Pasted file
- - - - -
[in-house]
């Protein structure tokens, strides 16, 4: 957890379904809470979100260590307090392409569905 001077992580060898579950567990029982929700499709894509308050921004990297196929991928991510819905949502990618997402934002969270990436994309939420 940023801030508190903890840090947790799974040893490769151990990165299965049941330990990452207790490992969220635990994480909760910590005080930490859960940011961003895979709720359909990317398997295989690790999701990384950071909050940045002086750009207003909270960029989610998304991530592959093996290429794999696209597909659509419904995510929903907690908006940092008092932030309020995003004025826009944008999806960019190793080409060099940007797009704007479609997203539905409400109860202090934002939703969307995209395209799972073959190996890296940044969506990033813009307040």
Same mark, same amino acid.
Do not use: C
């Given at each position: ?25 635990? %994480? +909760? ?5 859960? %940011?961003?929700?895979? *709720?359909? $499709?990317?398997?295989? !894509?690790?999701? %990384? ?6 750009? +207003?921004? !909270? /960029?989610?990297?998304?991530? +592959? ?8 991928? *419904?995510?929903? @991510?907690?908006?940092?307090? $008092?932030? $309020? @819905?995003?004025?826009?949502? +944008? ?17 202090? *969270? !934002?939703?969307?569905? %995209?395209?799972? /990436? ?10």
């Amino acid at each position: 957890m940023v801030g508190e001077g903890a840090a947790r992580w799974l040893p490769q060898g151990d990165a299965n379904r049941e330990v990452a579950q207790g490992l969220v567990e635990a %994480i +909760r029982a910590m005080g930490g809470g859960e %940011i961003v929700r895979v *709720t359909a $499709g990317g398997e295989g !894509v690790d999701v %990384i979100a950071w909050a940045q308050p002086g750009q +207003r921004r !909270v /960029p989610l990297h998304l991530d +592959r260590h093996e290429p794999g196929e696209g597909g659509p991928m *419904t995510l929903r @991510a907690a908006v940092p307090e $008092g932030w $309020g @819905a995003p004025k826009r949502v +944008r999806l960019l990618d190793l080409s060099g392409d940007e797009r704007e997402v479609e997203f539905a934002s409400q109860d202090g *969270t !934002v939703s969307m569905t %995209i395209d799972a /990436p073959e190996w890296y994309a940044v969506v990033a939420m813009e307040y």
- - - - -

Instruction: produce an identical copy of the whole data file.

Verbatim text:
[in-house]
């Protein structure tokens, strides 16, 4: 957890379904809470979100260590307090392409569905 001077992580060898579950567990029982929700499709894509308050921004990297196929991928991510819905949502990618997402934002969270990436994309939420 940023801030508190903890840090947790799974040893490769151990990165299965049941330990990452207790490992969220635990994480909760910590005080930490859960940011961003895979709720359909990317398997295989690790999701990384950071909050940045002086750009207003909270960029989610998304991530592959093996290429794999696209597909659509419904995510929903907690908006940092008092932030309020995003004025826009944008999806960019190793080409060099940007797009704007479609997203539905409400109860202090934002939703969307995209395209799972073959190996890296940044969506990033813009307040």
Same mark, same amino acid.
Do not use: C
């Given at each position: ?25 635990? %994480? +909760? ?5 859960? %940011?961003?929700?895979? *709720?359909? $499709?990317?398997?295989? !894509?690790?999701? %990384? ?6 750009? +207003?921004? !909270? /960029?989610?990297?998304?991530? +592959? ?8 991928? *419904?995510?929903? @991510?907690?908006?940092?307090? $008092?932030? $309020? @819905?995003?004025?826009?949502? +944008? ?17 202090? *969270? !934002?939703?969307?569905? %995209?395209?799972? /990436? ?10």
């Amino acid at each position: 957890m940023v801030g508190e001077g903890a840090a947790r992580w799974l040893p490769q060898g151990d990165a299965n379904r049941e330990v990452a579950q207790g490992l969220v567990e635990a %994480i +909760r029982a910590m005080g930490g809470g859960e %940011i961003v929700r895979v *709720t359909a $499709g990317g398997e295989g !894509v690790d999701v %990384i979100a950071w909050a940045q308050p002086g750009q +207003r921004r !909270v /960029p989610l990297h998304l991530d +592959r260590h093996e290429p794999g196929e696209g597909g659509p991928m *419904t995510l929903r @991510a907690a908006v940092p307090e $008092g932030w $309020g @819905a995003p004025k826009r949502v +944008r999806l960019l990618d190793l080409s060099g392409d940007e797009r704007e997402v479609e997203f539905a934002s409400q109860d202090g *969270t !934002v939703s969307m569905t %995209i395209d799972a /990436p073959e190996w890296y994309a940044v969506v990033a939420m813009e307040y």